The recipe my father used to use back at home was from one of his many sets of Robert Carrier cookery cards.  These wipe clean handy sized cards came out in the late sixties and I think we had them all (I still have them).  Common though it is now to see a recipe paired with an enticing looking photograph of the finished dish, in those days, when cookery books didn't have colour photographs and foreign recipes were not the feature of (still black and white) newspapers as they are now, it was very unusual.

Cassoulet's name comes from the French form of the Occitan word caçòla which is a truncated conical earthenware pot. Like all such dishes, there are arguments about the exact ingredients and this is complicated by the fact that there are regional variations.  Basically the dish is one of white beans, sausages and duck or goose in a tomoato sauce.  In Toulouse, extra mutton and pork is added, in Carcasonne you get more mutton and sometimes partridge and in Castelnaudary duck.  I decided to make the duck version.  This was a quick version and does not involve having to prepare a confit (slow cooked meat preserved in fat).  You used to be able to buy confit d'oie in Waitrose but I haven't seen it for some years, probably because everyone who bought it has died of blocked arteries.  Goose fat is available at Christmas, at least, in most supermarkets but my doctors wouldn't be very impressed if I used it!  The Robert Carrier version uses lamb with the preserved goose but I eschewed that as I think the lamb is too strong for the dish and clashes with the duck.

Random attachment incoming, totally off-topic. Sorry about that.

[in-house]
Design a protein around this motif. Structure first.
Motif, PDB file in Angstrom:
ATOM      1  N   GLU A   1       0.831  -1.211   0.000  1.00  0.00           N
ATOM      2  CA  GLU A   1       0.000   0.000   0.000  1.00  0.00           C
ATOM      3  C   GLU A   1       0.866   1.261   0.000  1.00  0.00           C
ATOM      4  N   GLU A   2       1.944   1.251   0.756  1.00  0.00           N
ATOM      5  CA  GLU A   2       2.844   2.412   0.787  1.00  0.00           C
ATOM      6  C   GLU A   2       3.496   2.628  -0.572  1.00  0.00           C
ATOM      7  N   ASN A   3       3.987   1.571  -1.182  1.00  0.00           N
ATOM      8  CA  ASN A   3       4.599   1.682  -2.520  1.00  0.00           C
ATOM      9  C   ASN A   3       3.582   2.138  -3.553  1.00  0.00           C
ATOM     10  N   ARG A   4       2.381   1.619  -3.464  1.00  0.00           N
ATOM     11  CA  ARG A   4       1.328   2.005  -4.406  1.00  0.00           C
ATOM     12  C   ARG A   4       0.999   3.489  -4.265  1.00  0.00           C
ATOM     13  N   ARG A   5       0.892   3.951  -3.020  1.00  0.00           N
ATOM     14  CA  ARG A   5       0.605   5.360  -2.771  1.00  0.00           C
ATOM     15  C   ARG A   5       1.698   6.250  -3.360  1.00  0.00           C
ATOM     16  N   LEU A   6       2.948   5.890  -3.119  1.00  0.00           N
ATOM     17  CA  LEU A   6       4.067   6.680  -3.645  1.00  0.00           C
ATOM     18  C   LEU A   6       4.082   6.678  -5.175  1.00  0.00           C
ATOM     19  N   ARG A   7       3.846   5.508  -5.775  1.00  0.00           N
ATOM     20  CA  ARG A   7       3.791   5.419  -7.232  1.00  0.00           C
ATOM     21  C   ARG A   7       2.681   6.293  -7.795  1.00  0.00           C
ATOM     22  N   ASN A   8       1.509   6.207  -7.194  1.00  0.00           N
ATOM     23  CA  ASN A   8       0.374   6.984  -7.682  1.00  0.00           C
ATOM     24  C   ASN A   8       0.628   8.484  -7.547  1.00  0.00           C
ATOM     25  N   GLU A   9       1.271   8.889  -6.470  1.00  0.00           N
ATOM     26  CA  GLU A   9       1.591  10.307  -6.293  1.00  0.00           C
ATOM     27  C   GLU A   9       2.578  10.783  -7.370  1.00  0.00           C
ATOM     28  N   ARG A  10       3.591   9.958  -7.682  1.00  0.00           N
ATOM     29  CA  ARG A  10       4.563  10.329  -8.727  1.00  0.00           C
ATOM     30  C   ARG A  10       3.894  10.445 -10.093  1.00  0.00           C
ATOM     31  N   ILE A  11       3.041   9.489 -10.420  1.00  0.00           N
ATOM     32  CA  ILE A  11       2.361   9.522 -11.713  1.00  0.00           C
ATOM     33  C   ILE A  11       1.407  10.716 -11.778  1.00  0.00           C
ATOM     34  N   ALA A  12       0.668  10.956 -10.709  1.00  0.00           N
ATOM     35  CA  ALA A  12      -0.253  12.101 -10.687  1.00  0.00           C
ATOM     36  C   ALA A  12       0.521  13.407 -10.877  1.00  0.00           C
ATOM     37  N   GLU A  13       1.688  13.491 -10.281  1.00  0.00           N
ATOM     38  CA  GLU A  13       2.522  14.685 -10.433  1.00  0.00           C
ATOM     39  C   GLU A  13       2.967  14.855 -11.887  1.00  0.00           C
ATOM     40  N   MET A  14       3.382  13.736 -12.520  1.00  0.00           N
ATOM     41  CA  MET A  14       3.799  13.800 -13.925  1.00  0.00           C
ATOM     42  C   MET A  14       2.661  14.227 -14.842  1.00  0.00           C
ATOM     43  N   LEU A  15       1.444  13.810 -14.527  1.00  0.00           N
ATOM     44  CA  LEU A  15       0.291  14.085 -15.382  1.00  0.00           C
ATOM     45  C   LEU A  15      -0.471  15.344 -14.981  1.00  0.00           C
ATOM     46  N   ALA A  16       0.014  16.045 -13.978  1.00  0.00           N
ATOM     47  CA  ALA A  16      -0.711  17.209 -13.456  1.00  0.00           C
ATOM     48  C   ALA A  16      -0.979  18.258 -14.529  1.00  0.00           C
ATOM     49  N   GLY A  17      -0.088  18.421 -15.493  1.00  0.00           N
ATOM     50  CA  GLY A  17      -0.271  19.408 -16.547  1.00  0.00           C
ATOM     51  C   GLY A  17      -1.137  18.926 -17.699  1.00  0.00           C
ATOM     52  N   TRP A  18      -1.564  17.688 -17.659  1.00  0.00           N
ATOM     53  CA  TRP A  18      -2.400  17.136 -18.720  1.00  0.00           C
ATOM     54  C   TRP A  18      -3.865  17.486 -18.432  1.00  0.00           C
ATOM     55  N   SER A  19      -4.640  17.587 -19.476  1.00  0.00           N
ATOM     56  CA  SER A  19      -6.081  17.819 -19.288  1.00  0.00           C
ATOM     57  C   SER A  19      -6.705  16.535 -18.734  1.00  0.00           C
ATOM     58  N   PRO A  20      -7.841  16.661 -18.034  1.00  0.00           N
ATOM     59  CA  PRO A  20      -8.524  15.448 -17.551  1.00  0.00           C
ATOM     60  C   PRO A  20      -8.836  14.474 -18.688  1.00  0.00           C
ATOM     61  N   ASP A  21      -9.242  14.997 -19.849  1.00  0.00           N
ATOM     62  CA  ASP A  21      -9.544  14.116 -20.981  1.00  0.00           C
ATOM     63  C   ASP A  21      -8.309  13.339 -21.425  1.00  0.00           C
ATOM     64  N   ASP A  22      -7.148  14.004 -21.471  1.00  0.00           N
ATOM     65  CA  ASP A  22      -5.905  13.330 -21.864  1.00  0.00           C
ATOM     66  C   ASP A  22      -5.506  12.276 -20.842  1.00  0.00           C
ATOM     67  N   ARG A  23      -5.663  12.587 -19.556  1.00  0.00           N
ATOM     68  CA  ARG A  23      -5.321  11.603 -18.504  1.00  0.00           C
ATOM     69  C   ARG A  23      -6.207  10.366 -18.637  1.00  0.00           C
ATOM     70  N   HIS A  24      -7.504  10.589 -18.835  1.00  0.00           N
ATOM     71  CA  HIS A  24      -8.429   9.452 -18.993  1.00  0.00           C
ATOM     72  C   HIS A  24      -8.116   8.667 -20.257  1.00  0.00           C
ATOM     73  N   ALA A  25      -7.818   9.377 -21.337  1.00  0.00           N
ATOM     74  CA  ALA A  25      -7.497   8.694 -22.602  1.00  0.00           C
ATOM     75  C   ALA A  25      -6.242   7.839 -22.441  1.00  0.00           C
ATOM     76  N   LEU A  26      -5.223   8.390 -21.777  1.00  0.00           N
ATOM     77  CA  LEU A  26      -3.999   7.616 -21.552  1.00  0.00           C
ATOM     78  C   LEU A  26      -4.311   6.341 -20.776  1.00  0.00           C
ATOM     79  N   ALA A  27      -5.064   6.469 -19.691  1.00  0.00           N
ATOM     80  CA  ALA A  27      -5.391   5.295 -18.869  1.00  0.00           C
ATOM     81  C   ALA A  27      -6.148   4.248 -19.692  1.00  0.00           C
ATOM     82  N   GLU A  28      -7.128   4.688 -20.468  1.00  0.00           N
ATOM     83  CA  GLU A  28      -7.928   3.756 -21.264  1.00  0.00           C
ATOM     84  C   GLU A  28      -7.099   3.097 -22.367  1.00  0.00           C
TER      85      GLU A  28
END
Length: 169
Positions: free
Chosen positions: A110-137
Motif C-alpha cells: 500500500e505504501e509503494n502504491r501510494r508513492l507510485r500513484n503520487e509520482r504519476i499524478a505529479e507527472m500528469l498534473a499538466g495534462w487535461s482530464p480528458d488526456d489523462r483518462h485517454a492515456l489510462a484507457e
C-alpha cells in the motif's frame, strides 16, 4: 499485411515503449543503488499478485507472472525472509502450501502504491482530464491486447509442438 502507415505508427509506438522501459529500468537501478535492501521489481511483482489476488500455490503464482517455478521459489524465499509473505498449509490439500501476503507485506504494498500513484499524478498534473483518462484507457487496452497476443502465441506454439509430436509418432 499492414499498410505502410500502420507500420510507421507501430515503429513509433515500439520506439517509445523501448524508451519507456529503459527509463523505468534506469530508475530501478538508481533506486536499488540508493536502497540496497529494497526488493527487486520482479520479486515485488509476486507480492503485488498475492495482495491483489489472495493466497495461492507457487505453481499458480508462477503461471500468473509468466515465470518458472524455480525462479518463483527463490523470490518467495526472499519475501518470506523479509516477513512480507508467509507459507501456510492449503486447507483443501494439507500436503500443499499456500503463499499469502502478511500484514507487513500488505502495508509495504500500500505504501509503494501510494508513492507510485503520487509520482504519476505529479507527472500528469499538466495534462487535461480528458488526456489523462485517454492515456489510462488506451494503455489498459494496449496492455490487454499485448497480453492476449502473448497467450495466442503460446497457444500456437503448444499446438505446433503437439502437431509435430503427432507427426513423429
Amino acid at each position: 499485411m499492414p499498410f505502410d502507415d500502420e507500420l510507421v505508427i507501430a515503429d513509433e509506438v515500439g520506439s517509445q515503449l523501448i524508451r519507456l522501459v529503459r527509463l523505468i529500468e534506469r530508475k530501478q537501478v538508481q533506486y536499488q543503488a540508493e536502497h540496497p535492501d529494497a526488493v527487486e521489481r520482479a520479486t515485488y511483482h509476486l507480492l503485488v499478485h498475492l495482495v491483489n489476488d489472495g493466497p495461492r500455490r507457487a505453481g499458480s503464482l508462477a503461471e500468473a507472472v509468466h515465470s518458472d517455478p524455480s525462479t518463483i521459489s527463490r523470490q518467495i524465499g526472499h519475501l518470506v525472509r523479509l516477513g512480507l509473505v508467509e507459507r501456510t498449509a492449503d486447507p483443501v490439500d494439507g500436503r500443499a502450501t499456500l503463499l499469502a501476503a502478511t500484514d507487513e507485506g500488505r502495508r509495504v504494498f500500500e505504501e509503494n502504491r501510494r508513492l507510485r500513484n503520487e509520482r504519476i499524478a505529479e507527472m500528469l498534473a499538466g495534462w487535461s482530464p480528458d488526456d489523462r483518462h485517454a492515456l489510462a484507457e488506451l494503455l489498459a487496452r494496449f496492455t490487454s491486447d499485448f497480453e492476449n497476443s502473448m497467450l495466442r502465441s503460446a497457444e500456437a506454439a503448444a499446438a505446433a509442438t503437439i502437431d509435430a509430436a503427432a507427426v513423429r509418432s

I can't be doing with all this soaking dried beans overnight nonsense so used tinned white haricots.  First, I gently fried an onion with some thyme (important), a bay leaf and garlic adding the smoked bacon and then the beans once the onions and bacon have cooked.  Then heat them together for a few minutes while seasoning with black pepper. It's a good idea to leave some of the bean liquid in to keep it wet.  I removed the bean, bacon and onion mixture and then sauteed the duck pieces (this is where those without high cholesterol could use goose fat).  I grilled the sausages.  Getting a good approximation of Toulouse sausages is certainly a lot easier now than it was in the sixties and seventies.  I used the Waitrose ones.  Again, you should pan fry them in butter but grilling is much healthier.